Panelist Rayhaneh Sharif-Askary, managing director of investor relations for Grayscale Investments, the world’s largest crypto asset manager, agreed, adding that digital currencies should be promoted as a way to increase financial inclusion. citizens who have been excluded from traditional banking systems. “Not everyone has access to banks,” said “Using digital currencies allows people to leapfrog the established banking system that may not have served them well.”

The coming regulatory wave

John D’Agostino, Senior Advisor at Coinbase Institutional, said the clear message the industry should send to the US Congress would be one that highlights the function and usefulness of digital currencies as a positive force. “The investor class, especially large institutional investors, are calling for regulation because they want clarity on how these investments will be considered,” D’Agostino explained. Coinbase operates a cryptocurrency exchange platform.

Indeed, in the United States, where a clear federal regulatory plan has been slow to develop, individual states weigh in with their own rules, which has created a patchwork of regulatory regimes. “It shouldn’t take that long,” agreed Lewis of Pantera. “Bitcoin has been around for years. This uncertainty is not helpful.

The second panel, which focused exclusively on the regulatory angle, suggested that a cohesive global approach to digital currencies has some way to go. “Globally, crypto regulation is all over the map,” said Todd Ehret, senior regulatory intelligence expert for Thomson Reuters. “Any future regulation will need to consider all jurisdictions and players, including exchanges – but little by little we are getting there.”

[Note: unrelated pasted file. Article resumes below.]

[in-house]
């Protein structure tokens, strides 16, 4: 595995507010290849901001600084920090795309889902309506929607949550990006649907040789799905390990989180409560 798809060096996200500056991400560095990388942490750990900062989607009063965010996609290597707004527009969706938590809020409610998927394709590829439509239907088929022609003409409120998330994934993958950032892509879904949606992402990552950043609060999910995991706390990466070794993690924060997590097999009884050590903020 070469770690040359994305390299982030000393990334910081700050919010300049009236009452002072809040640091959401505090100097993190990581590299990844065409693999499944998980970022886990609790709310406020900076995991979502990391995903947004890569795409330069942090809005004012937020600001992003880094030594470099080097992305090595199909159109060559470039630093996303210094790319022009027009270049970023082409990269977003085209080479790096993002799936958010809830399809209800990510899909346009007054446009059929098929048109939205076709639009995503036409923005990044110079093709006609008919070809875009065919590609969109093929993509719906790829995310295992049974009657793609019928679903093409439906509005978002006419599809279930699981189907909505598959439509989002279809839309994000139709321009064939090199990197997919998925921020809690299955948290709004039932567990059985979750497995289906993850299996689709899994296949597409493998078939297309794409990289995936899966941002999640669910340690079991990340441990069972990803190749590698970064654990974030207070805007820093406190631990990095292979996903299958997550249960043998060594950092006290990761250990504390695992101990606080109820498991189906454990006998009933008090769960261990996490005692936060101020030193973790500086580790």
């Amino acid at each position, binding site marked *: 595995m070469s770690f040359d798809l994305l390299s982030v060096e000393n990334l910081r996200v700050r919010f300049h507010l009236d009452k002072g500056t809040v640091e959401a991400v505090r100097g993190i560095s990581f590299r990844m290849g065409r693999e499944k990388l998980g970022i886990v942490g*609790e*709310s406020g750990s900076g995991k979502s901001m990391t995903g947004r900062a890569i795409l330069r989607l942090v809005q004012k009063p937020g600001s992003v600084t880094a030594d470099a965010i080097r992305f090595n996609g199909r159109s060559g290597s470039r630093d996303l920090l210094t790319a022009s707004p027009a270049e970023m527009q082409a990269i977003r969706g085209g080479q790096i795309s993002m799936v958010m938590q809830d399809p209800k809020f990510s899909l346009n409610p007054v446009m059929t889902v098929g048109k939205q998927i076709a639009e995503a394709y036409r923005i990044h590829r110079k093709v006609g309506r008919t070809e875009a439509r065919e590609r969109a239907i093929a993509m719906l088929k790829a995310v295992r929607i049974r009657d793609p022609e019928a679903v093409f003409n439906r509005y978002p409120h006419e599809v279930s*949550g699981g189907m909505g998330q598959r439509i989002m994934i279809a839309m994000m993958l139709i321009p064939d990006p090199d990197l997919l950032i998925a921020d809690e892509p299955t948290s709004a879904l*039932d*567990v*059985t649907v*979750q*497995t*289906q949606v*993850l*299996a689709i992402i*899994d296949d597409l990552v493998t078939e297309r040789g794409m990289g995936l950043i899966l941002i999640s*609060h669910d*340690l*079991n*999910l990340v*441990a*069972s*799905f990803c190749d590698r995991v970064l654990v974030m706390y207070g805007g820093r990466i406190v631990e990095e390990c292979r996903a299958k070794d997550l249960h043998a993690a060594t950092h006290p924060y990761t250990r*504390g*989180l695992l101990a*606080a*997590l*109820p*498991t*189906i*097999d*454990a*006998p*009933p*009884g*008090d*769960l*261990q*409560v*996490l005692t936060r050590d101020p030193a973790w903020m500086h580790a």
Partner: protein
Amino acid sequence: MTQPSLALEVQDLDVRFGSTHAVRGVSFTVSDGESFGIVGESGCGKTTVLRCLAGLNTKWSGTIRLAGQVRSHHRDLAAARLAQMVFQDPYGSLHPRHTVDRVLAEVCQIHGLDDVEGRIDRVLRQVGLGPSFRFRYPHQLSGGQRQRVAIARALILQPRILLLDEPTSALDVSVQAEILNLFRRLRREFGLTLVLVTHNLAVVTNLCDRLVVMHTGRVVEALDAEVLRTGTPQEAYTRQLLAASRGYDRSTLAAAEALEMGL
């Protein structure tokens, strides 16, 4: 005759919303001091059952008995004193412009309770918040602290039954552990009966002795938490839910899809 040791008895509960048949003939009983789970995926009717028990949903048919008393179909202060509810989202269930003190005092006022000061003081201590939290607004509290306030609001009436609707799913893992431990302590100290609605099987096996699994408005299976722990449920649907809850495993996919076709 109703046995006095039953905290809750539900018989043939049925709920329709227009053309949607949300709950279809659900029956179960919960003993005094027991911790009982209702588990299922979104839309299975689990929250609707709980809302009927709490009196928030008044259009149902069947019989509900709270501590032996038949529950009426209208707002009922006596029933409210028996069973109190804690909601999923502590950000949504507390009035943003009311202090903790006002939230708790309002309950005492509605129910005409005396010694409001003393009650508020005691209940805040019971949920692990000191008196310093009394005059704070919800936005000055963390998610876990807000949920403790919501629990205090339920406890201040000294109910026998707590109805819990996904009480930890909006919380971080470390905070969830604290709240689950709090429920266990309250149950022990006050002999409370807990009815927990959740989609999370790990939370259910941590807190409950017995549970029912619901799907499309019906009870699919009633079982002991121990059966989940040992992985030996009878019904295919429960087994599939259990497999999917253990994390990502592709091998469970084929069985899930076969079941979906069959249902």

Womble Bond Dickinson partner Britt Biles discussed how digital currency creates an almost existential dilemma for the United States Securities and Exchange Commission, which has been rumored about cryptocurrencies under its jurisdiction. “In the view of the SEC, cryptocurrencies are becoming a major issue for the agency because it believes its overall regulatory regime should be able to adapt to any new technology.”

In short, the SEC believes that with the anti-fraud and anti-manipulation laws already in place, it can regulate this area as part of its current way of doing business. Of course, this raises the crux of the regulatory question – Should cryptocurrency securities, like stocks and bonds, then be regulated by the SEC? A requirement of the SEC to registration for crypto issuers and asset managers to fly in a digital world where anonymity and lack of central control now prevailed?

And what about the famous Howey test, a shortcut cited by the Supreme Court to determine if a product is a title or something else? Would digital currencies – with their lack of an issuer, sponsor, or joint venture in which all investors pool their funds – even qualify as securities?

“I think many cryptos would fail the Howey test,” Ehret said. “But does that mean there has to be a new test for this technology?” As with so much in the world of digital currency, time will tell, but things are changing fast.

Sylvia B. Polson